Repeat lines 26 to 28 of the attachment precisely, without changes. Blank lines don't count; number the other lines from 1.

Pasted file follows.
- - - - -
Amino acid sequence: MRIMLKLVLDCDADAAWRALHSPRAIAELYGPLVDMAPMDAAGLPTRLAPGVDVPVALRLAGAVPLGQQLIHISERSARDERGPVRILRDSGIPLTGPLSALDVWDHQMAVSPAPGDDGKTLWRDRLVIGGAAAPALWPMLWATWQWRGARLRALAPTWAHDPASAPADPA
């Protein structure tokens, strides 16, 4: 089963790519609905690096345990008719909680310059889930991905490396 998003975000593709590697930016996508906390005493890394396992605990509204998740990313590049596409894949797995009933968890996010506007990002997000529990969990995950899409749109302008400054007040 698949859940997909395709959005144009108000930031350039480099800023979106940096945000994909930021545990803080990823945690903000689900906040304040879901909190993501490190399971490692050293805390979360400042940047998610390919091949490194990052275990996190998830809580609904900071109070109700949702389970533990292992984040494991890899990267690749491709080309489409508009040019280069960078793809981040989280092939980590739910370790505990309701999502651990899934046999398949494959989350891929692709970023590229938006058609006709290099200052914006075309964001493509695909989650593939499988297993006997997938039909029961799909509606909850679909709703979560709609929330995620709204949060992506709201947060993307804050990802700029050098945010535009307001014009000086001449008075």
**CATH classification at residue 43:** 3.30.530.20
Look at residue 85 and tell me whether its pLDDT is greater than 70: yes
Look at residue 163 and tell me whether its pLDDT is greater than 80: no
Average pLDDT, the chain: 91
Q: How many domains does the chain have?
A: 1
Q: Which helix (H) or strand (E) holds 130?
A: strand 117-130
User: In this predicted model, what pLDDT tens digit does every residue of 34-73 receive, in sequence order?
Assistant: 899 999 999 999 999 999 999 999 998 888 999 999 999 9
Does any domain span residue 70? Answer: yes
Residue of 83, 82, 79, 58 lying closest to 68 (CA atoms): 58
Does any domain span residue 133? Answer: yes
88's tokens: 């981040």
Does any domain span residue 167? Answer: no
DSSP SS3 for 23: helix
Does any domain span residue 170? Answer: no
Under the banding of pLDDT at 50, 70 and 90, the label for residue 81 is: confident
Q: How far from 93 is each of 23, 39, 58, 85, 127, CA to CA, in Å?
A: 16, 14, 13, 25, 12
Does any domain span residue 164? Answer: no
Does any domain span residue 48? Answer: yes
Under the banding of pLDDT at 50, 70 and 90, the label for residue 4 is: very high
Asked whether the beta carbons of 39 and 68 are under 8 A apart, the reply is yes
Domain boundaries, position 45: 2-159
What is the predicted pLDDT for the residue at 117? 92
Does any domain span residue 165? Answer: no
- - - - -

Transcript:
Asked whether the beta carbons of 39 and 68 are under 8 A apart, the reply is yes
Domain boundaries, position 45: 2-159
What is the predicted pLDDT for the residue at 117? 92